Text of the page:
Alix Christie is an author, journalist and letterpress printer. She apprenticed to two master printers and owns and operates a 1910 Chandler & Price letterpress. She holds a Master of Fine Arts degree from St Mary’s College of California and lives in London with her husband and two children. Her first novel, Gutenberg’s Apprentice, was published in 2014.
The 2016 Shortlist
Six authors from five countries make up the shortlist for this year’s award. The winner will be announced at a gala dinner at Stationers’ Hall in London on Friday, April 22.
Click on the pictures to read the individual stories and find out about each writer.
What Time Is It Now, Where You Are?
The Human Phonograph
The News of Her Death
Colum McCann is the author of six novels and three collections of stories. Born and raised in Dublin, Ireland, he has been the recipient of many international honours, including the National Book Award, the International Dublin Impac Prize, a Chevalier des Arts et Lettres from the French government, election to the Irish arts academy, several European awards, the 2010 Best Foreign Novel Award in China, and an Oscar nomination. His novel Transatlantic was longlisted for the 2013 Man Booker Prize. McCann lives in New York.
American writer Edith Pearlman has published more than 250 works of short fiction and short non-fiction in national magazines, literary journals, anthologies, and on-line publications. Her first collection of stories, Vaquita, won the Drue Heinz Prize for Literature; her second, Love Among The Greats won the Spokane Annual Fiction Prize. Her third collection, How to Fall, won the Mary McCarthy Prize in Short Fiction. Pearlman lives in Massachusetts.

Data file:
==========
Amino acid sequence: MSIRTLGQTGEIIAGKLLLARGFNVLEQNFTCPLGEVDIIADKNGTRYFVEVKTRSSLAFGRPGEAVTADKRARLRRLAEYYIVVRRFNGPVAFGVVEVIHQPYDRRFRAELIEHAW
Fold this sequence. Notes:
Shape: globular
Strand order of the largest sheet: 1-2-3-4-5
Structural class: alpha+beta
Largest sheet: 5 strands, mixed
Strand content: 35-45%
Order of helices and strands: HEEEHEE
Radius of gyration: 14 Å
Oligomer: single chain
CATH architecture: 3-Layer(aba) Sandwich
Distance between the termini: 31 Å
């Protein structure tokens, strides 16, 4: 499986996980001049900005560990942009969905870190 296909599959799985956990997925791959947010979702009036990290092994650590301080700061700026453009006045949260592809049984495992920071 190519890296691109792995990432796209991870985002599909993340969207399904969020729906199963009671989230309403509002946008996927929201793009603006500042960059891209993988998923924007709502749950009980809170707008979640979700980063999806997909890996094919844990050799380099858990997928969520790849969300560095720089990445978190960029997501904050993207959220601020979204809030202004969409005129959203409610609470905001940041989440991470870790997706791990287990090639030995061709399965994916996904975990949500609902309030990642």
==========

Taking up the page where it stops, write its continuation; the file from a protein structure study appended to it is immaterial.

Jonathan Tel’s published books include a story collection about Israelis and Palestinians, Arafat’s Elephant, which was shortlisted for the PEN/Hemingway Award; a novel, Freud’s Alphabet, and The Beijing of Possibilities, a story sequence that unfolds in contemporary China, which was shortlisted for the Commonwealth Writers Award. Tel was a finalist for the Sunday Times EFG Short Story Prize in 2014, and the winner of the 2015 Commonwealth Short Story Prize.
Nicholas Ruddock was born in Ottawa. His debut novel, The Parabolist, was shortlisted for the Toronto Book Award and the Arthur Ellis Award in Canada. How Loveta Got Her Baby, a book of short stories, was published in 2014. Ruddock lives in Ontario.
Petina Gappah is a lawyer and Zimbabwean writer with law degrees from Cambridge, Graz University and the University of Zimbabwe. Her debut story collection, An Elegy for Easterly, won the Guardian First Book Prize in 2009 and was shortlisted for the Frank O’Connor International Short Story Award. Her debut novel The Book of Memory was published by Faber last year.